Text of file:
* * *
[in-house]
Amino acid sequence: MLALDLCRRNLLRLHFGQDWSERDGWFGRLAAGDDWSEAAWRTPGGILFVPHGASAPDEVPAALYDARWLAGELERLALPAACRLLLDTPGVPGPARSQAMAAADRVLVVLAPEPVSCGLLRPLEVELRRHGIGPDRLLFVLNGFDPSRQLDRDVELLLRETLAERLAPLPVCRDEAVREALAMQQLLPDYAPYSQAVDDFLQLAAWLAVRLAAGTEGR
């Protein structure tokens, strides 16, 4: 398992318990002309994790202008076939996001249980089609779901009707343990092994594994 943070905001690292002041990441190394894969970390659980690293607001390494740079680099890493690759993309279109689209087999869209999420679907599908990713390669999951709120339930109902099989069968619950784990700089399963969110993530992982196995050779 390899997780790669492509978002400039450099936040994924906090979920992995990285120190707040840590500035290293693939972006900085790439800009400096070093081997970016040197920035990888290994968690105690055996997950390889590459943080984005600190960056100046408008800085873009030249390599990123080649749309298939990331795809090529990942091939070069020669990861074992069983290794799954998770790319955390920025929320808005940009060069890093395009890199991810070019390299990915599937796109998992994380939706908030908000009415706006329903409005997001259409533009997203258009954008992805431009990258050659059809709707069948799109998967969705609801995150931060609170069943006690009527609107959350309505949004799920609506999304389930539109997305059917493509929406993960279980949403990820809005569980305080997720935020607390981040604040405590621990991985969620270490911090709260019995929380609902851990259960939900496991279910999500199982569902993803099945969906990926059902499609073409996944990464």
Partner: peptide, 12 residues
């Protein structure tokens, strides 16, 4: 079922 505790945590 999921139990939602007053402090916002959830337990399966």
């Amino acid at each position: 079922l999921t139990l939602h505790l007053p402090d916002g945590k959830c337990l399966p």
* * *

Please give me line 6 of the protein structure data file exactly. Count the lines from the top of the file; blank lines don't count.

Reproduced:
């Amino acid at each position: 079922l999921t139990l939602h505790l007053p402090d916002g945590k959830c337990l399966p």